Software Designers~The People Behind the Code~(英語)

#7Founder and CEO, Stone Design幼reator of Twittelator Pro Andrew Stone

On an organic farm outside of Albuquerque, New Mexico, Andrew Stone is raising chickens and growing vegetables?and writing applications. As an ⁠indie,⁠⁠ an independent software developer, he has written more than 30 apps, competing with what he calls ⁠bloated commercial software⁠⁠ from much larger companies. Last year, Stone Design produced a hit: Twittelator Pro, a Twitter client for the iPhone that has gotten a lot of admiring tweets.

Stone personifies the very idea of an indie. He dropped out of his Cincinnati high school at age 16 to travel in South America. He studied architecture and urban planning at the University of New Mexico, and began using PCs to calculate heat loss for solar adobe buildings. In 1987, working on a masters degree in computer science, he began programming software for Steve Job’s new company, NeXT. The Cocoa API and associated tools that came out of NeXT have served Stone well over the years, providing a long-term lesson in the benefits of object-oriented programming.

Stone lives on the farm with his wife Katie, who handles the finances for Stone Design, and their two youngest kids. Andrew makes his own garlic pickles, and his son Eli earned his first Mac by helping sell them on the side of the road. Stone’s favorite place to do coding is an adobe tower that looks like a chess piece. When I spoke with him, he was out in a field with his iPhone, picking cucumbers.

You work mostly alone, yet Stone Design has been very productive over the years. How do you do it?

I am both the CEO and the main coder?which means that the person who owns the code, owns the company. There are no meetings. There’s a single architect, me, who has all the code in his head so that it can stay fluid. If there’s a problem, it’s mine. There’s no blaming, no delegation. I began 20 years ago with the NeXT computer, Cocoa and Objective C, so I’ve been doing object-oriented programming for as long as anybody has been doing it. I’ve already made most of the classic mistakes. Now I just follow the APIs and take full advantage of them, and things just work.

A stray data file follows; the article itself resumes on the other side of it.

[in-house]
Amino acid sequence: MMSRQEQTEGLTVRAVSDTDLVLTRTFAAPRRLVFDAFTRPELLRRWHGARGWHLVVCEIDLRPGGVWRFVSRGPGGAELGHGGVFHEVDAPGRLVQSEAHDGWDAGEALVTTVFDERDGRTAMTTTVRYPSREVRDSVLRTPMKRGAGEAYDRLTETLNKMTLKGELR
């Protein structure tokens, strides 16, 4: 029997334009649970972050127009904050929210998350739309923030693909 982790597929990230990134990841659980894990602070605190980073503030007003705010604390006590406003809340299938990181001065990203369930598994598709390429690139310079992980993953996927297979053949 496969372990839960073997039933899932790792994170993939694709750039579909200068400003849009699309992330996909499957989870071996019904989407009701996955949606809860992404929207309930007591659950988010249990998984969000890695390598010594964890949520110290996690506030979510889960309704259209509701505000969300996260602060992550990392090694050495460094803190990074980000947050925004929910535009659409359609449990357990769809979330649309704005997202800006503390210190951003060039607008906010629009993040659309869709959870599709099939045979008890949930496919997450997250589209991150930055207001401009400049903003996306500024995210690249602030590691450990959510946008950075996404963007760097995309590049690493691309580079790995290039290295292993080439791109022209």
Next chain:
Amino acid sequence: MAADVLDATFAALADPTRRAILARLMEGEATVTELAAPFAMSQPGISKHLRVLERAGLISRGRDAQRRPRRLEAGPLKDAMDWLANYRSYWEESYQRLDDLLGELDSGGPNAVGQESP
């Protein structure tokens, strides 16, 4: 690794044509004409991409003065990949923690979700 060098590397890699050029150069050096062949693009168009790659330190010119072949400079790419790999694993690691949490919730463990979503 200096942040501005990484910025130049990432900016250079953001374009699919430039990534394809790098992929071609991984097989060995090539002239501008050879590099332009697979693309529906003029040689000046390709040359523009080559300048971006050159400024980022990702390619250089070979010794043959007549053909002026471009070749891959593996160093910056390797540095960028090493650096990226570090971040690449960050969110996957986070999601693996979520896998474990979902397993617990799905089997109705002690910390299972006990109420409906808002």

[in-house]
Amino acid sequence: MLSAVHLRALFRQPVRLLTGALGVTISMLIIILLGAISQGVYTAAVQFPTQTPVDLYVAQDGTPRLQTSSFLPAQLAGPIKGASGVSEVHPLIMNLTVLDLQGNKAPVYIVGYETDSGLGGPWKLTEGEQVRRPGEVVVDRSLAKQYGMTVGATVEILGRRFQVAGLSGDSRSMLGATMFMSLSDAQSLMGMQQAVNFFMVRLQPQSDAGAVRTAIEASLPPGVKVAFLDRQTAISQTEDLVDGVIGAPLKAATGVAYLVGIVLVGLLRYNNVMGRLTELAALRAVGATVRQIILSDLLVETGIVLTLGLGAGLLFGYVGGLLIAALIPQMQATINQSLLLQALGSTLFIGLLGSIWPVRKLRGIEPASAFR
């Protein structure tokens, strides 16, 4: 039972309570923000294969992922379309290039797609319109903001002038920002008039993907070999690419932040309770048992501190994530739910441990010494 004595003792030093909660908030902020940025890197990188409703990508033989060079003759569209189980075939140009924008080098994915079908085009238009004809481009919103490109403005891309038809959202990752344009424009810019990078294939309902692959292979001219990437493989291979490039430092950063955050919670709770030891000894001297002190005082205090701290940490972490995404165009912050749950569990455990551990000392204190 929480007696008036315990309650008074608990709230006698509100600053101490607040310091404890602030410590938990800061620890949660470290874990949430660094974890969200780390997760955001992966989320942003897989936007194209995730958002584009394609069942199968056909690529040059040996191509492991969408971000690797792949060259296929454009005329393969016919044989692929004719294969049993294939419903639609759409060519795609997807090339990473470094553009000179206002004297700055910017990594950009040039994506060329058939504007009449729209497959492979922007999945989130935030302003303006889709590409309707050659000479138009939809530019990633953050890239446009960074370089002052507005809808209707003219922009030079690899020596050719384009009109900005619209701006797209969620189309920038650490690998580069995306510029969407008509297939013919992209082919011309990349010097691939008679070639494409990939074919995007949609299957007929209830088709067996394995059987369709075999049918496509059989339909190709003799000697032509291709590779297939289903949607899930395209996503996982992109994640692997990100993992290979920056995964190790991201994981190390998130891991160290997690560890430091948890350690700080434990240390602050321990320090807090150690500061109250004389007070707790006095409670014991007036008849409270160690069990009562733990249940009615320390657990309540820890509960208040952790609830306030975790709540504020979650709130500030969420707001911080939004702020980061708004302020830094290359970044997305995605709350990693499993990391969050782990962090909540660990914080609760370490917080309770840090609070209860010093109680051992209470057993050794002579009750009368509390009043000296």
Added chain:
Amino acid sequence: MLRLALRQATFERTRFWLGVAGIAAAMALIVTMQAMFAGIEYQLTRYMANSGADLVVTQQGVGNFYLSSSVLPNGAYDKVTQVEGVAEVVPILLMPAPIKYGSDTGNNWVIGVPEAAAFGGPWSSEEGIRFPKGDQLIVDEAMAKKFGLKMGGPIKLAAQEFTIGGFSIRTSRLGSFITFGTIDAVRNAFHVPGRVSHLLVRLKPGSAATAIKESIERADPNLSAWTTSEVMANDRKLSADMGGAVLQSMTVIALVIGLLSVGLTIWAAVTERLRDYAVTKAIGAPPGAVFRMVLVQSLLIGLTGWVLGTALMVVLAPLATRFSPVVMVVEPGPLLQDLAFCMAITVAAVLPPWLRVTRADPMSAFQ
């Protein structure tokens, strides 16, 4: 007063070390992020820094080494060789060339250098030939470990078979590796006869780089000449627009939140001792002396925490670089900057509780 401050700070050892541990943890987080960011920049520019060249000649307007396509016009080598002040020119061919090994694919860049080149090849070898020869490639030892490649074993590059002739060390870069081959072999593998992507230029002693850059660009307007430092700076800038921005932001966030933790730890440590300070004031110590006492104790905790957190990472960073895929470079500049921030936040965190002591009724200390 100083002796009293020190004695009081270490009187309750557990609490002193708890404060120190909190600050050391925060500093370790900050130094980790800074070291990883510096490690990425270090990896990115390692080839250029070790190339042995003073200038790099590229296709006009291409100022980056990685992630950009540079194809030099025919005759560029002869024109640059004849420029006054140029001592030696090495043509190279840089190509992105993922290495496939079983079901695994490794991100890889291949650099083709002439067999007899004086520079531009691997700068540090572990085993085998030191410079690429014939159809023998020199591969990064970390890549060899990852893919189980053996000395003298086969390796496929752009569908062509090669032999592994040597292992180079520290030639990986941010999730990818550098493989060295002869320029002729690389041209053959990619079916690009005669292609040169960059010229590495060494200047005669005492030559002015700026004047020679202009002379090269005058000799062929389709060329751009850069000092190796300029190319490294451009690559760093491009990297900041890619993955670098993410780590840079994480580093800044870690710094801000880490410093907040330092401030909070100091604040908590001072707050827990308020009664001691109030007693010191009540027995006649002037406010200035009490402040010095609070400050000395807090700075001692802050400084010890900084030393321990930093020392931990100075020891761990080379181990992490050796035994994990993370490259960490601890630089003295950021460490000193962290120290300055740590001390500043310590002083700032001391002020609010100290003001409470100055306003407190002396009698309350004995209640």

Wil Shipley [creator of the Delicious Library media cataloging application for the Mac] called me the godfather of the indies, because I’ve been doing the indie thing for 20 years. When large companies have offered to buy us out, I’ve said no. Instead of making the quick profit up front, I’m happy with the continuing income you get by being an indie. I just know that I’ll make enough money, especially now that Twittelator Pro has gotten so popular.

But you must put in a lot of hours.

I’m a Samurai coder: I love to code. When I do it, I experience what people call the ⁠flow⁠⁠ [a term coined by University of Chicago psychologist Mihaly Csikszentmihalyi] meaning that you are so engaged in what you are doing that time disappears. I get up some mornings at 4 am, code for a few hours before the family wakes up, take the kids to school, go do yoga for an hour, and then jump back into the flow. I look up and it’s already late afternoon.

Conventional wisdom has it that you need a development team?that software is just too complex for one person. How did you get around that?

There’s a book of essays on software engineering first published in 1975 called ⁠The Mythical Man-Month⁠⁠ by Fredrick Brooks, who argues that the more people you have on a project, the longer it takes. Brooks thinks the better approach is to have a single architect with the vision. That way, everybody works from the same page.

In my experience, the traditional team development approach often just means inefficiency. A team can’t do anything until they delegate it, or hire someone else, or outsource it. Projects tend to get blocked. Whereas with my development model, which is just me and a few friends helping out, nothing is ever blocked. If I don’t know how to do something, I can research it and find out. I can move quickly. If Apple changes something, I don’t freak out?I just do it. It also helps if your successes are paced. When I first began developing for the NeXT Computer, we had a lot of big sales, which helped get us through the lean times.

You’ve had a long working relationship with Steve Jobs. What has that been like?

I met Steve in 1989. He’s a man of great passion for excellence, and that spirit permeates Apple and the products and software they make. To say he's demanding would be a massive understatement, but the results are so clearly remarkable, that it's totally acceptable. He has inspired the kind of loyalty that is unheard of in the computer business?many of my friends at Apple today have worked continuously for him since the '80's, and some have gone on to other things for awhile, and turned up there again.

Why do you think Twittelator Pro has become so popular?

I think iPhone apps in general have had low functionality?just three taps and you are done. Twittelator Pro breaks through that and introduces full desktop power, so much so that I’ve seen desktop clients for Twitter who are now copying our features.